Errington v. Errington Woods  1 KB 290
Sometime in 1936, a father bought a house for his son and daughter-in-law to live in. He had put down £250 in cash and borrowed £500 from a building society on the security of the house, repayable with interest by instalments of 15s. 0d. a week. Although the house was in his own name, he promised to transfer the title to the house to the couple if they paid off the loan. In his words, "the house will be your property when this mortgage is paid." The daughter-in-law was repaying the loan, but her father-in-law died before she could fully repay the loan. Upon the father’s death, he left the house to his widow, who then instituted the present action to eject the daughter-in-law from the house and recover possession (her son had left the house to live with her).
Whether or not the daughter-in-law (defendant) was entitled to have the house recognised as her property
The daughter-in-law (defendant) was entitled to have the house recognised as hers because a unilateral offer had been made by the deceased father, and she was performing the acceptance.
Per Lord Denning,
The father's promise was a unilateral contract - a promise of the house in return for their set of paying the instalments. It could not be revoked by him once the couple entered on performance of the act, but it would cease to bind him if they left it incomplete and unperformed…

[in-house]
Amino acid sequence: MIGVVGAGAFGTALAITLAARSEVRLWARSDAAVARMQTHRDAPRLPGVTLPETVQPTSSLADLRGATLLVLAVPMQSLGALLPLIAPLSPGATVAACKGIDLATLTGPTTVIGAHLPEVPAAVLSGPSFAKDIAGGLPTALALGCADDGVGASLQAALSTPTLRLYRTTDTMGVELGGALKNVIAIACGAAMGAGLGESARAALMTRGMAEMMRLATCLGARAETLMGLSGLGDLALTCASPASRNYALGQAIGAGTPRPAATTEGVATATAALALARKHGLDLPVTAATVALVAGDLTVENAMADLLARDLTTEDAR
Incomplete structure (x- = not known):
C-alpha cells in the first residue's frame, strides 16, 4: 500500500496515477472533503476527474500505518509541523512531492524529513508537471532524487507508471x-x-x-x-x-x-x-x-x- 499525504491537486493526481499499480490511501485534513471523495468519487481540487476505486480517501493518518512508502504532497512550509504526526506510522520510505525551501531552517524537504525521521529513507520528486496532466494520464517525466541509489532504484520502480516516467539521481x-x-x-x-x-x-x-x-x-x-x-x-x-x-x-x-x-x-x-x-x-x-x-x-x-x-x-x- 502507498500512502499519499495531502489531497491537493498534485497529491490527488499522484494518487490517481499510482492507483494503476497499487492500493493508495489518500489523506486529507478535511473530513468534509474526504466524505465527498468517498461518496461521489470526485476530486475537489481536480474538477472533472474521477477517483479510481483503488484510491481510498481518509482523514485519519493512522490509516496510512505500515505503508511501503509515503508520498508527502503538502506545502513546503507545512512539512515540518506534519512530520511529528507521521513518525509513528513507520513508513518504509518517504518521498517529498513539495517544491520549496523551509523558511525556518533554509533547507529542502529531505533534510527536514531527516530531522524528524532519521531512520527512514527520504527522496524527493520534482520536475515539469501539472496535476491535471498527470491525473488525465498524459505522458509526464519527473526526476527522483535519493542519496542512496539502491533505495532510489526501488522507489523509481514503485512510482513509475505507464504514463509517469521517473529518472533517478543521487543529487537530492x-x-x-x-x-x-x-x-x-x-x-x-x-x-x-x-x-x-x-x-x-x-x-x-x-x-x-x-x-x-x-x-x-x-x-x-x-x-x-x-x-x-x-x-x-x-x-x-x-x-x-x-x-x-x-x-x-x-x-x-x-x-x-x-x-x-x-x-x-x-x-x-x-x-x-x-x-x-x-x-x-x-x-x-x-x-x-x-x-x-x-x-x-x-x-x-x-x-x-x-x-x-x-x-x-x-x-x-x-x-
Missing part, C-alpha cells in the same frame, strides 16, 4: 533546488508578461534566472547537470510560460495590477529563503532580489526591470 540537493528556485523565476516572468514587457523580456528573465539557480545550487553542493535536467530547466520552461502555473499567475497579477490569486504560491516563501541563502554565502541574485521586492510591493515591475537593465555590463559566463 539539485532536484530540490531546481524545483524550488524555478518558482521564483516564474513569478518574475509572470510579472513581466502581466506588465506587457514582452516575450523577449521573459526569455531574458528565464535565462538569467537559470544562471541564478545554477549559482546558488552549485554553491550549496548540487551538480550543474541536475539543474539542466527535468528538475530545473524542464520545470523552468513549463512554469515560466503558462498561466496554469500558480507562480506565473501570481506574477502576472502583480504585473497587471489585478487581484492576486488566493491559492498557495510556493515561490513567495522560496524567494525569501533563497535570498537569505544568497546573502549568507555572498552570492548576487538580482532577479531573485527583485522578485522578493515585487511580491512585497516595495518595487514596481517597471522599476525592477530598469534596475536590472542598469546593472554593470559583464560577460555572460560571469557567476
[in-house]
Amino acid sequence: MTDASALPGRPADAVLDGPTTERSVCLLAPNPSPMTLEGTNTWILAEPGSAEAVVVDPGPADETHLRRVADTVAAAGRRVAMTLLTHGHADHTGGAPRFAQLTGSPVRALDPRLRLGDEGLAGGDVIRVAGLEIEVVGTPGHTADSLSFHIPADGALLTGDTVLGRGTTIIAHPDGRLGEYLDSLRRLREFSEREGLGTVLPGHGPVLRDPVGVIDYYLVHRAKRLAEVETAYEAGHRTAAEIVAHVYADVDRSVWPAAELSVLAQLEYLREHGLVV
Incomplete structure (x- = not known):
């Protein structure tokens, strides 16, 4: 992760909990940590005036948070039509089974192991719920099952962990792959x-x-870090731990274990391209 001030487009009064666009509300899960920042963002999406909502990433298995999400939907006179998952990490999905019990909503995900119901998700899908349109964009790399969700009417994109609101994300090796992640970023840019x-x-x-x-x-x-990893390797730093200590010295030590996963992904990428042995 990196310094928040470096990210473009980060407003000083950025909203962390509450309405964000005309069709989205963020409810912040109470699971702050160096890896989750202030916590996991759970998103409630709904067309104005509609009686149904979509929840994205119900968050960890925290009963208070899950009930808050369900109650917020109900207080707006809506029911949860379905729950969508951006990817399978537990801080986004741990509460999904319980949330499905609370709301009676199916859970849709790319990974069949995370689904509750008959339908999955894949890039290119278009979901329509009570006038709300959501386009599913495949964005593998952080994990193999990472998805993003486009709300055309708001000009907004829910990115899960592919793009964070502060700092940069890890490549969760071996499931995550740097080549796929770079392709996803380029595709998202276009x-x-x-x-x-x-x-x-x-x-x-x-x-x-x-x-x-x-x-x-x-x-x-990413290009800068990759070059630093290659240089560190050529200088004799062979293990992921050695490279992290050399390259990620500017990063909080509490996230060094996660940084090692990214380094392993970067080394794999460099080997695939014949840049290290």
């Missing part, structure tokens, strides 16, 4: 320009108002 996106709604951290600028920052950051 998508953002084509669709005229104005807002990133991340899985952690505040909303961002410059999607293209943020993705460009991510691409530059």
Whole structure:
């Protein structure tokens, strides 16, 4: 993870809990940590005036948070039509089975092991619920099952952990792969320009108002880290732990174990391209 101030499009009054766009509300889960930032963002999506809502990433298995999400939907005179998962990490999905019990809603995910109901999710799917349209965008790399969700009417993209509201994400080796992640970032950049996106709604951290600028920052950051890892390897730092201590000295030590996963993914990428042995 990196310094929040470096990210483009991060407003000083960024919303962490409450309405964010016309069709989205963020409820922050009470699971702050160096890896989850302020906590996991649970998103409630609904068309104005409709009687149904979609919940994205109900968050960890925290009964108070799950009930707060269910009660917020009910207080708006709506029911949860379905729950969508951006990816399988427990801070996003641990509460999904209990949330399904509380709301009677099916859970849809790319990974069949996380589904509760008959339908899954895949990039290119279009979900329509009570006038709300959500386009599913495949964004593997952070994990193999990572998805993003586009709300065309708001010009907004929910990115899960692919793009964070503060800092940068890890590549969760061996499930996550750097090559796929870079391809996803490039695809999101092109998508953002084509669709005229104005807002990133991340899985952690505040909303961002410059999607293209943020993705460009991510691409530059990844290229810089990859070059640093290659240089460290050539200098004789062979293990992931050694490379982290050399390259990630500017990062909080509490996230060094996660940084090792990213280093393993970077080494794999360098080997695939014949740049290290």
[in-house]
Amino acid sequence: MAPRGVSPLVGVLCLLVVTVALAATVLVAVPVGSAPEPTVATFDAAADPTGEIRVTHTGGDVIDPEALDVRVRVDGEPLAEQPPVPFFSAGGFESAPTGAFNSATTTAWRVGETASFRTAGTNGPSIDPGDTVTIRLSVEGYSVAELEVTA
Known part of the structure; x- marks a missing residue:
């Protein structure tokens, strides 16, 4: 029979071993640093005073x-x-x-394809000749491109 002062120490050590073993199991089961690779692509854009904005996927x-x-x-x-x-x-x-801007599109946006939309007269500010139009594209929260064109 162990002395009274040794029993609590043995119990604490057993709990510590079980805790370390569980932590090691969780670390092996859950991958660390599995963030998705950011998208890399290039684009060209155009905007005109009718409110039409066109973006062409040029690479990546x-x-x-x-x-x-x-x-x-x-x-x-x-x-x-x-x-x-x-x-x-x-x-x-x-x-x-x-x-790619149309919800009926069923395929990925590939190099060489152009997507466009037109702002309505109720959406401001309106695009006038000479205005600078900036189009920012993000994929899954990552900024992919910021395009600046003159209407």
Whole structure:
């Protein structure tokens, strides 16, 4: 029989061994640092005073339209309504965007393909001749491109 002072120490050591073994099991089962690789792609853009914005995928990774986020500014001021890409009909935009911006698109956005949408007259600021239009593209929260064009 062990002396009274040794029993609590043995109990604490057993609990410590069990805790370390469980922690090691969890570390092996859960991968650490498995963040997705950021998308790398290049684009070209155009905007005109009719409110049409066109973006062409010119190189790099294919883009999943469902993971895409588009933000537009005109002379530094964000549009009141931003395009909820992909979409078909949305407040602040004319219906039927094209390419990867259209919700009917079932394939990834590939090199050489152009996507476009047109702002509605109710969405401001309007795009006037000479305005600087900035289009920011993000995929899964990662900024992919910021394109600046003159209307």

If the daughter-in-law continues to pay all the building society instalments, the couple will be entitled to have the property transferred to them as soon as the mortgage is paid off; but if she does not do so, then the Building Society will claim the instalments from the father's estate and the estate will have to pay them. I cannot think that in those circumstances the estate would be bound to transfer the house them, any more than the father himself would have been.
In the present case it is clear that the father expressly promised the couple that the property should belong to them as soon as the mortgage was paid, and impliedly promised that so long as they paid the instalments to the Building Society, they should be allowed to remain in possession. They were not purchasers because they never bound themselves to pay the instalments, but nevertheless they were in a position analogous to purchasers. They have acted on the promise and neither the father nor his widow, his successor in title, can eject them in disregard of it.
Principle in Case: